Signal Authentication

Signal Authentication

Brad Parkinson, first director of the GPS Joint Program Office, once remarked that the NAVSTAR Global Positioning System represents, next to the Internet, perhaps the most successful civilian adoption of military-developed, dual-use technology.

Brad Parkinson, first director of the GPS Joint Program Office, once remarked that the NAVSTAR Global Positioning System represents, next to the Internet, perhaps the most successful civilian adoption of military-developed, dual-use technology.

Today, hundreds of millions of people worldwide rely on satellite navigation to deliver accurate position and time information to a host of critical services, including everything from guiding aircraft at night and during inclement weather to synchronization of cellular communication networks. Other applications range from helping emergency dispatchers direct rescue personnel to giving route instructions to touring motorists.

As these and other GNSS-enabled applications become increasingly woven into the fabric of our global 21st-century economic and social infrastructure, the consequences of breach-of-service become greater as well. In this context, service breach encompasses not only system outages (e.g., constellation failures, inadvertent or deliberate interference, and so forth) but also failures of trust in the basic integrity of the position and time broadcast.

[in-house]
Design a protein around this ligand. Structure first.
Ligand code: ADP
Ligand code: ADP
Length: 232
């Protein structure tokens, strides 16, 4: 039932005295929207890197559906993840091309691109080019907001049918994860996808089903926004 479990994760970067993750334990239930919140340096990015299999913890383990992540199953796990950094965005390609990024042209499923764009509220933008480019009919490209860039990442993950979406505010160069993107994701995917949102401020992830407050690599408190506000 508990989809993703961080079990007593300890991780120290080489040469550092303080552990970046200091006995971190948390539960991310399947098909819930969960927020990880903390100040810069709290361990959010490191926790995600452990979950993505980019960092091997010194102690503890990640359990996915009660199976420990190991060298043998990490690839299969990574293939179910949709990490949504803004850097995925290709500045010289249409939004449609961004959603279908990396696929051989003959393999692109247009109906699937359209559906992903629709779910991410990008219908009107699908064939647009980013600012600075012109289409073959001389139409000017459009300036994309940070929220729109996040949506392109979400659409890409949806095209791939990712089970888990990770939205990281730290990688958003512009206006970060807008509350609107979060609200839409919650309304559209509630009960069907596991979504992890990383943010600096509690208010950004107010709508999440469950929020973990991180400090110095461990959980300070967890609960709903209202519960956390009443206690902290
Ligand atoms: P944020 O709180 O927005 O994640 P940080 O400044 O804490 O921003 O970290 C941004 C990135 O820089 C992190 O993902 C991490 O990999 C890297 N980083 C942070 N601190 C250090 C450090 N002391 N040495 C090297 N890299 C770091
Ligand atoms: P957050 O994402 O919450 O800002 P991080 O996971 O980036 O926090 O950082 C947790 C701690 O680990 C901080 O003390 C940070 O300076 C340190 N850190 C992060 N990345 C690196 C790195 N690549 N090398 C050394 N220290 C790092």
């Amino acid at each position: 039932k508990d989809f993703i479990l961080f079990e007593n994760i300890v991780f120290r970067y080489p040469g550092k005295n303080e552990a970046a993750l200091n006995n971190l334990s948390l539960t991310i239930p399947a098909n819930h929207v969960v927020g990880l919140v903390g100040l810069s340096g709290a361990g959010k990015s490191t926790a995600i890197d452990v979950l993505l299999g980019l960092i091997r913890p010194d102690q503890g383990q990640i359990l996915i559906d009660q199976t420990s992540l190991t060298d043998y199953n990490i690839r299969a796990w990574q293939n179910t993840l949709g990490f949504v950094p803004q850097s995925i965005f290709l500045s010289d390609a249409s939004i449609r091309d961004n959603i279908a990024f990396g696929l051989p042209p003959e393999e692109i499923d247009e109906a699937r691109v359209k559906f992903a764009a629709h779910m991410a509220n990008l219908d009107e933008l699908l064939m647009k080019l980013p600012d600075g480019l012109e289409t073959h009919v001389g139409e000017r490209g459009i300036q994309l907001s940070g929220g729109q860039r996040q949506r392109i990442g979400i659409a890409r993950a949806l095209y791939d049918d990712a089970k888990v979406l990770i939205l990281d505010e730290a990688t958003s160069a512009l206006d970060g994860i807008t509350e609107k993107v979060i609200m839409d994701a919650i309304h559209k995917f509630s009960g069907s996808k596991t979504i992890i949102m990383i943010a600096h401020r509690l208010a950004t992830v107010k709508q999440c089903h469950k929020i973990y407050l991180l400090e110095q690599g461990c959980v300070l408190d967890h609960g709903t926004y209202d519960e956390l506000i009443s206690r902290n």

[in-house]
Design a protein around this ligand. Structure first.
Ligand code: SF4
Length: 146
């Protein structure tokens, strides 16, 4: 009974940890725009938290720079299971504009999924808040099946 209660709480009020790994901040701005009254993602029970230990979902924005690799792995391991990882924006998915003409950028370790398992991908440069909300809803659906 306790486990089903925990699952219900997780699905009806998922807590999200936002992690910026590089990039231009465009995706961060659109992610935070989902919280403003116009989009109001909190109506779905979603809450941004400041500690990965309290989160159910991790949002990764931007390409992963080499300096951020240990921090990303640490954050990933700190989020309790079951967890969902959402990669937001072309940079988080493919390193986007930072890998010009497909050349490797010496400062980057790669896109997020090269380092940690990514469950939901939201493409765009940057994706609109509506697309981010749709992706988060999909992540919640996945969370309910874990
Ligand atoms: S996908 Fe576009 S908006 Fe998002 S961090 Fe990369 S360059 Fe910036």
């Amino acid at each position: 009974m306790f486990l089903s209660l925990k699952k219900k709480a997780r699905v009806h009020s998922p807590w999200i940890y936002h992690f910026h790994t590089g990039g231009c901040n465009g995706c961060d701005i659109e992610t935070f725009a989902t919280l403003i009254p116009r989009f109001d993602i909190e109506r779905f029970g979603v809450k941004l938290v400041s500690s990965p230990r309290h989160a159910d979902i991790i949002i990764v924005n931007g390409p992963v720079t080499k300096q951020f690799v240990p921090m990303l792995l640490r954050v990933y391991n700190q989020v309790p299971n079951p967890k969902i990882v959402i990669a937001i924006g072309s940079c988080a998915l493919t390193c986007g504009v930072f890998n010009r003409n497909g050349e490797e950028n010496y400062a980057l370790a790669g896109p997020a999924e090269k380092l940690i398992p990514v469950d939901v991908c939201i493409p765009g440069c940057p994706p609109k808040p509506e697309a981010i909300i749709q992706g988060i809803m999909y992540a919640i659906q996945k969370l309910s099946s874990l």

Moreover, experience with the Internet shows that as a resource becomes more valuable to our civil infrastructure, criminal or malicious agents will seek to discover and exploit weaknesses in order to disrupt legitimate users or to perpetrate fraud.

Navigation system security is ever more important for two reasons. The first reason is to ensure that the position, navigation, and time (PNT) information upon which we increasingly rely are indeed trustworthy. The second is that secure PNT can serve as a building block for protection of critical data and assets in the global fight against information technology attack. We refer to these features as “security for navigation” and “security from navigation.”